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Colorado: Winter weather and wind warnings hoisted

‘A swift river of moist Pacific air …’

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Pacific moisture and Arctic cold are headed for Colorado.

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State snowpack could use a boost.

By Bob Berwyn

FRISCO — National Weather Service forecasters generally don’t wax poetic in their forecasts, but the latest update from the Denver-Boulder office includes phrases that will ring musically in the ears of snow-starved Colorado skiers and water managers.

In short, it’s going to be cold, snowy and windy — conditions we haven’t seen in the high country for about nine months, since sometime last February. Ahead of the storm, forecasters have issued a high wind warning for Summit County and the northern Front Range for 11 p.m. Friday through 5 p.m. Saturday evening. Winds of 50 to 60 mph are expected, with near-hurricane force gusts up to 80 mph possible after midnight.

According to the forecast, “A swift river of moist Pacific air” will move across northern Colorado starting Saturday evening, bringing the potential for the first significant snowfall of the season, with the potential for up to a foot of snow on the favored northwest-facing mountain slopes by Sunday morning.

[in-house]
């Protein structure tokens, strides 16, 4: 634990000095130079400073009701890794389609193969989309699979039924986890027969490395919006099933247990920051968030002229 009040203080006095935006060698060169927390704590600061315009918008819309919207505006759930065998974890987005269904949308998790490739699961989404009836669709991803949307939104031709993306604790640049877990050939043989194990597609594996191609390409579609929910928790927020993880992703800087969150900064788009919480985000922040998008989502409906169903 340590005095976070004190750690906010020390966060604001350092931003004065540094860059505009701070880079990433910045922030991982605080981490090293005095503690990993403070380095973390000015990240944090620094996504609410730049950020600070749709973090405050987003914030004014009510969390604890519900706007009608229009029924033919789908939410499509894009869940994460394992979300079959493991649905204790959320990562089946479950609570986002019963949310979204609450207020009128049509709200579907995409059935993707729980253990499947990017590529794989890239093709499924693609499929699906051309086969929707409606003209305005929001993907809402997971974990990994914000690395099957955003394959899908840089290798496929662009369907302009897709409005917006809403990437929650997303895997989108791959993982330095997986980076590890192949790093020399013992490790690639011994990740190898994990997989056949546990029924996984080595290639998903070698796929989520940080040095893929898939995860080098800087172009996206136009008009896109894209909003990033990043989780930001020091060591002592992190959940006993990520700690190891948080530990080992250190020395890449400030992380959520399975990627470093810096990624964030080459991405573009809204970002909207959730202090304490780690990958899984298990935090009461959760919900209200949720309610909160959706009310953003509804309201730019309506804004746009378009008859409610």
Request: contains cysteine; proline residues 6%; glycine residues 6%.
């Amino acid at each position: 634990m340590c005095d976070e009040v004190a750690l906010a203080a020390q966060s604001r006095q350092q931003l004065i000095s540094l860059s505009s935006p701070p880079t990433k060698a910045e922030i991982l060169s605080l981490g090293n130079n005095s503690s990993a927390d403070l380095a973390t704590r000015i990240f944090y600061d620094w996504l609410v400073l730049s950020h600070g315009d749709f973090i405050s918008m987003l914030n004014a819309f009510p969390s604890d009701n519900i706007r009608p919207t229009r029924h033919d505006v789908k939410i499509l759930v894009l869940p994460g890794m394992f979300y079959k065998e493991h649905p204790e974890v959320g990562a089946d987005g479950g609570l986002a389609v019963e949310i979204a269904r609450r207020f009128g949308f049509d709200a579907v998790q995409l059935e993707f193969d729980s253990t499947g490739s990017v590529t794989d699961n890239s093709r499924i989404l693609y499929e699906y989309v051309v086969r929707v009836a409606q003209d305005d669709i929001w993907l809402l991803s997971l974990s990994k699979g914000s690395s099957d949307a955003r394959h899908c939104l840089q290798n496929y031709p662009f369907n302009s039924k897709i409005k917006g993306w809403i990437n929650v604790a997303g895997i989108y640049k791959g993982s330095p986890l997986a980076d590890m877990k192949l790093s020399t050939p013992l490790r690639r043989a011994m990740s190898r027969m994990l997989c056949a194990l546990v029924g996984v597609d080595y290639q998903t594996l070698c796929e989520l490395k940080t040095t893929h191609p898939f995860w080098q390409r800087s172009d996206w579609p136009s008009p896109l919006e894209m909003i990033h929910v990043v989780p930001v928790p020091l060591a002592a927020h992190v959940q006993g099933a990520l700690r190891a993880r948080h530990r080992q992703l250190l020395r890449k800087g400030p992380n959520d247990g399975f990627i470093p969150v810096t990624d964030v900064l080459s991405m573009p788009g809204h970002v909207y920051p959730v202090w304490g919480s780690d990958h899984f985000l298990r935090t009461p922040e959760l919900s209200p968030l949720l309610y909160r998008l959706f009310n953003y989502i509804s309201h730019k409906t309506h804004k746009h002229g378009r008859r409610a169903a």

The projected snowfall could start to put a dent in the state’s serious moisture deficit. As of early December, the statewide snowpack was at just 39 percent of normal, spelling potential trouble for next summer.

The snow also comes just in time for the state’s ski resorts as they ramp up for the make-or-break Christmas holiday. The new snow, along with cold temperatures to facilitate additional snowmaking, should help many areas open additional terrain.

Even the cautious forecasters at the Colorado Avalanche Information Center are optimistic about the storm, calling for anywhere between 4 to 10 inches of snow across many of the state’s northern and central mountain zones.

Snow should start falling in the Steamboat area by early afternoon as a cold front pushes into the state. The precipitation will spread southeast through the evening, with the heaviest snowfall overnight. Another quick shot of snow races across the area Monday night, followed by a gradual warming and drying trend.

High temps Saturday and Sunday will be in the teens and 20s, with overnight lows the next few nights dropping to well below zero — the coldest readings of the season.

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3 Responses

  1. by your headline, i read “flags” to mean “wanes”, and expected a seriously depressing downgrade. thankfully/hopefully, not so. i’ll be up there at 4:30 tomorrow morning-measuring a little something…

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